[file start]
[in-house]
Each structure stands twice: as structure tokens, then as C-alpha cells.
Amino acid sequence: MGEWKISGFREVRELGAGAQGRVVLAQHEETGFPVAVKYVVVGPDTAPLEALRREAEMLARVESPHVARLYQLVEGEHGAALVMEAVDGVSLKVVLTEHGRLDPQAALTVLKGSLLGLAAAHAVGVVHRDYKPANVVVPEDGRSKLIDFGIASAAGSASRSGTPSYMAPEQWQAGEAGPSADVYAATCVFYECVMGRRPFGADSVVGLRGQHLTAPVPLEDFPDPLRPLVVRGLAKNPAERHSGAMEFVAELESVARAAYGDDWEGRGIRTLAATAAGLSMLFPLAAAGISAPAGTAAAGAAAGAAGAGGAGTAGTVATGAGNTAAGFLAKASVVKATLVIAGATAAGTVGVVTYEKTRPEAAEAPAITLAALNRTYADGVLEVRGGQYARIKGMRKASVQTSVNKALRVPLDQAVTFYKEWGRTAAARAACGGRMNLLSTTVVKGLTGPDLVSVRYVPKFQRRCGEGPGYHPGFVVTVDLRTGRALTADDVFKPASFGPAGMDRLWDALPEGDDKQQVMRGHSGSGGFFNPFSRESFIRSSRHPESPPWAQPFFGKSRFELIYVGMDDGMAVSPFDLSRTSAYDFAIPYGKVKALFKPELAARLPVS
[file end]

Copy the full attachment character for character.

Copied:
[in-house]
Each structure stands twice: as structure tokens, then as C-alpha cells.
Amino acid sequence: MGEWKISGFREVRELGAGAQGRVVLAQHEETGFPVAVKYVVVGPDTAPLEALRREAEMLARVESPHVARLYQLVEGEHGAALVMEAVDGVSLKVVLTEHGRLDPQAALTVLKGSLLGLAAAHAVGVVHRDYKPANVVVPEDGRSKLIDFGIASAAGSASRSGTPSYMAPEQWQAGEAGPSADVYAATCVFYECVMGRRPFGADSVVGLRGQHLTAPVPLEDFPDPLRPLVVRGLAKNPAERHSGAMEFVAELESVARAAYGDDWEGRGIRTLAATAAGLSMLFPLAAAGISAPAGTAAAGAAAGAAGAGGAGTAGTVATGAGNTAAGFLAKASVVKATLVIAGATAAGTVGVVTYEKTRPEAAEAPAITLAALNRTYADGVLEVRGGQYARIKGMRKASVQTSVNKALRVPLDQAVTFYKEWGRTAAARAACGGRMNLLSTTVVKGLTGPDLVSVRYVPKFQRRCGEGPGYHPGFVVTVDLRTGRALTADDVFKPASFGPAGMDRLWDALPEGDDKQQVMRGHSGSGGFFNPFSRESFIRSSRHPESPPWAQPFFGKSRFELIYVGMDDGMAVSPFDLSRTSAYDFAIPYGKVKALFKPELAARLPVS